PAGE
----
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Widowed mother of six. Wanna-be-photographer. Black sheep. Pariah.

Miranda Hanford knows all too well how these define her.  She might even add oppressed and bullied to that list. 

When the pastor of Miranda’s church requires the entire congregation to move with him out-of-state, Miranda knows she can’t do it.  She also knows now would be the perfect time to break from Mason Chandler and his ministry. Mason, however, has other ideas.  And he’s not above blackmailing her to get what he wants.

Set in rural Georgia, I was hooked by the end of the first paragraph which said, “She could steal a moment with Jezebel.”  Initially, I started reading with the intention of this being the book to read after dinner each night of the week.  By 10 pm, I knew I would have to stop and finish the rest later.  But I didn’t want to.

I loved Miranda.  I understood her motivation, and recognized how, all those years later, she woke up somewhere entirely different from what she had imagined as an adolescent.  Her fear was palpable; her pain unmistakable; the conflict in her soul evident.

Then there’s the accident and a relatively unknown brother-in-law to complicate things even more. Miranda struggles for control- control of any kind, even through the haze of her head and other injuries.

On page 97, there is a comment that still has me chuckling: “Not all homeschoolers were nut bags, but many of the nut bags in a certain off brand of Christianity were homeschoolers.”  As a homeschooling mama, I know all too well how easy it is to paint everyone with the same brush.  It made me chuckle, though, because where I live, there are a lot of homeschoolers.  And we’re not nut bags.  😆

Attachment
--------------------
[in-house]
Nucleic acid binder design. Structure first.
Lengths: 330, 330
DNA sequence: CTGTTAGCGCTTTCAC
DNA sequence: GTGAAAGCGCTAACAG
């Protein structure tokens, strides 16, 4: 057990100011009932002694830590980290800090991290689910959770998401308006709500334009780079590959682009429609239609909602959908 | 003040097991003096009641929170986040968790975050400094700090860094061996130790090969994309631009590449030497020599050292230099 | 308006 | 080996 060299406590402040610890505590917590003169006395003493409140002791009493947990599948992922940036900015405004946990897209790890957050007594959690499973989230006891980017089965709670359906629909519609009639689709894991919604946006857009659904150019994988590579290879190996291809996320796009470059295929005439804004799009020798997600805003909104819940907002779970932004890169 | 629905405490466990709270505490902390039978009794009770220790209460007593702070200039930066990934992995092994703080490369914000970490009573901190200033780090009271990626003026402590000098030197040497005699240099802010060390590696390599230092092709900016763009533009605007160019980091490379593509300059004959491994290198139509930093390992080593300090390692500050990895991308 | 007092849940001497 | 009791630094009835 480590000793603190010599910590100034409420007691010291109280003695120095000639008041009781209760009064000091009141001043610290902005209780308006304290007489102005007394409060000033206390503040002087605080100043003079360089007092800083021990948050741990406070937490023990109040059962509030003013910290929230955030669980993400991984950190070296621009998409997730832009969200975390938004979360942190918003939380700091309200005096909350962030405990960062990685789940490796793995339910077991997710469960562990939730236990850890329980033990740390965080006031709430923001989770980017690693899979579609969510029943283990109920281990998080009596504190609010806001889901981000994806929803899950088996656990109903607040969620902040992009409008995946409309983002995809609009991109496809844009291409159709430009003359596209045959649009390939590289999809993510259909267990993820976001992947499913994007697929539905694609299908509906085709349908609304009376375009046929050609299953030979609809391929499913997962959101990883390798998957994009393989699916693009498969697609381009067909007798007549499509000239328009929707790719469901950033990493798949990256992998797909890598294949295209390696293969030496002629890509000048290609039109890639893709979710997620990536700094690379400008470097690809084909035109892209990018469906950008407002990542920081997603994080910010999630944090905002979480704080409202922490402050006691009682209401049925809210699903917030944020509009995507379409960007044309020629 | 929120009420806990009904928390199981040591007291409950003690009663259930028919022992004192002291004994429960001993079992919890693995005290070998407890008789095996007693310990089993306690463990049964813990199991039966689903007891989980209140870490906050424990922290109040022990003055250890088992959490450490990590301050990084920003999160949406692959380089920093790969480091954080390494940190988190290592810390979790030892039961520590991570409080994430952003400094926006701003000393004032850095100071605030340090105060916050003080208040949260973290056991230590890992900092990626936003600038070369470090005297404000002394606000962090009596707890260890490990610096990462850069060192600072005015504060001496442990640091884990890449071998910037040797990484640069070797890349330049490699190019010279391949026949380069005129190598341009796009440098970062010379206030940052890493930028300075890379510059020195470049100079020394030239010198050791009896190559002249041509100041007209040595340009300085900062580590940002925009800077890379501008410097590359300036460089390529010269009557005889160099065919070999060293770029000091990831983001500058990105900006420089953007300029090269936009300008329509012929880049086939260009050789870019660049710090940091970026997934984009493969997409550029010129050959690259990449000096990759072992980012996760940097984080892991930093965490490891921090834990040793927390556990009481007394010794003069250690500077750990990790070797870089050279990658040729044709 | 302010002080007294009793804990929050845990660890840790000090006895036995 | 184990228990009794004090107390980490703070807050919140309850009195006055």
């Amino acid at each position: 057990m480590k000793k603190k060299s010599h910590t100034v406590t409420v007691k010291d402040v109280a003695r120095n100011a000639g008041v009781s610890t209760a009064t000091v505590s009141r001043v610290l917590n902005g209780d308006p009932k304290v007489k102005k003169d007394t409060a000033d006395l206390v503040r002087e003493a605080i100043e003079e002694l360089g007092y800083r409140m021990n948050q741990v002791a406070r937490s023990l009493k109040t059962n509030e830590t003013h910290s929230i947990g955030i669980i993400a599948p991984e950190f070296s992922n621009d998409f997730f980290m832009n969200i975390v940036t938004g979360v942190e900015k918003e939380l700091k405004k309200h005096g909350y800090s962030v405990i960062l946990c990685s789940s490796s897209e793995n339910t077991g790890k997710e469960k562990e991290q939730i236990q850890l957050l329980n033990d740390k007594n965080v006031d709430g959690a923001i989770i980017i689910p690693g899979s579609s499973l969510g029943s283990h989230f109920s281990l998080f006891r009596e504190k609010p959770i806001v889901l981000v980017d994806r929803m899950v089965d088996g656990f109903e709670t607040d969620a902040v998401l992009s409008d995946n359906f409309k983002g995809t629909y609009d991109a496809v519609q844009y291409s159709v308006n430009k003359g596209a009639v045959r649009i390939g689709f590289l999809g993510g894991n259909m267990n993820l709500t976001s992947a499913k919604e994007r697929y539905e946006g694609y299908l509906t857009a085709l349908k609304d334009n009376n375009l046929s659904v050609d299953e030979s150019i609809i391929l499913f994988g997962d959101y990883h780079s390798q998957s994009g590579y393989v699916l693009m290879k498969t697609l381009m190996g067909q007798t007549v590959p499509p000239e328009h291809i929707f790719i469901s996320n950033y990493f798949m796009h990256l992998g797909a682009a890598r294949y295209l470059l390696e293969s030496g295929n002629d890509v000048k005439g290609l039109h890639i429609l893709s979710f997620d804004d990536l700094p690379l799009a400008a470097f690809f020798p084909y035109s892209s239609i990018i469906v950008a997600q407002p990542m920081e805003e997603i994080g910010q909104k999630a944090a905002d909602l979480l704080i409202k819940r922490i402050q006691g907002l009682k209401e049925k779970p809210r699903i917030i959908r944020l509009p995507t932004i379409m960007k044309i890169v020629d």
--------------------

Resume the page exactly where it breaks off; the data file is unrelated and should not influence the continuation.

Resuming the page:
I love thinking and guessing during mysteries.  While I had part of it right, the primary part led to a world with which I also have first-hand experience (although not to all facets), and also left me nodding my head.  Without going into details and spoiling it,  I can say that these things happen and are real.  And probably happening much more than any of us know.

I cannot say enough good about this book.  I loved it! I would definitely recommend this to friends. 

While I know some might disparage the depiction of this particular homeschooling family (and others who homeschool in this manner), I, personally, wasn’t bothered by it.  I think any time you look at an extreme example of anything, there are going to be people who assume everyone else doing “that” are the same way.  Judging, in my opinion, particularly without insight or experience, really is a personal problem for the person doing the judging.

I give this book 5 stars out of 5. 

I received this book for free from WaterBrook Multnomah Publishing Group for this review.

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